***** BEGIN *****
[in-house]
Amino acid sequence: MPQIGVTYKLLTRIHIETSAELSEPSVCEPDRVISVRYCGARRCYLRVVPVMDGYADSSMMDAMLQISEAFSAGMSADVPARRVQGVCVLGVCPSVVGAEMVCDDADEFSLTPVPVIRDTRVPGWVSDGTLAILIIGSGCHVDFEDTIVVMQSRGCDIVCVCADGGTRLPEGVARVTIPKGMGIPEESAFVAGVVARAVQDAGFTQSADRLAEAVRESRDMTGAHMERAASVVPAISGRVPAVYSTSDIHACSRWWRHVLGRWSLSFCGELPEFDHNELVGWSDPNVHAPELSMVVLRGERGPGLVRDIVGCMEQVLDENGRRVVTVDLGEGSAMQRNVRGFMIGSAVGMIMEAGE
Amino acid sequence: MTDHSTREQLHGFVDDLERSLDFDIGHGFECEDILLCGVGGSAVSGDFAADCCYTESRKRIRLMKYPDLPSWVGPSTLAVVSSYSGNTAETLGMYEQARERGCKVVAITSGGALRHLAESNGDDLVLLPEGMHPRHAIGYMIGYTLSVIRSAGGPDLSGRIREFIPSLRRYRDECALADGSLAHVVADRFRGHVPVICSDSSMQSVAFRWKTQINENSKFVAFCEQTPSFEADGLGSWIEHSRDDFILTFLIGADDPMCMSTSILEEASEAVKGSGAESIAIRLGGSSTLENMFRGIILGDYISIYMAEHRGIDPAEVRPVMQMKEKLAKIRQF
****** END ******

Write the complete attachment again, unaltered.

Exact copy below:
[in-house]
Amino acid sequence: MPQIGVTYKLLTRIHIETSAELSEPSVCEPDRVISVRYCGARRCYLRVVPVMDGYADSSMMDAMLQISEAFSAGMSADVPARRVQGVCVLGVCPSVVGAEMVCDDADEFSLTPVPVIRDTRVPGWVSDGTLAILIIGSGCHVDFEDTIVVMQSRGCDIVCVCADGGTRLPEGVARVTIPKGMGIPEESAFVAGVVARAVQDAGFTQSADRLAEAVRESRDMTGAHMERAASVVPAISGRVPAVYSTSDIHACSRWWRHVLGRWSLSFCGELPEFDHNELVGWSDPNVHAPELSMVVLRGERGPGLVRDIVGCMEQVLDENGRRVVTVDLGEGSAMQRNVRGFMIGSAVGMIMEAGE
Amino acid sequence: MTDHSTREQLHGFVDDLERSLDFDIGHGFECEDILLCGVGGSAVSGDFAADCCYTESRKRIRLMKYPDLPSWVGPSTLAVVSSYSGNTAETLGMYEQARERGCKVVAITSGGALRHLAESNGDDLVLLPEGMHPRHAIGYMIGYTLSVIRSAGGPDLSGRIREFIPSLRRYRDECALADGSLAHVVADRFRGHVPVICSDSSMQSVAFRWKTQINENSKFVAFCEQTPSFEADGLGSWIEHSRDDFILTFLIGADDPMCMSTSILEEASEAVKGSGAESIAIRLGGSSTLENMFRGIILGDYISIYMAEHRGIDPAEVRPVMQMKEKLAKIRQF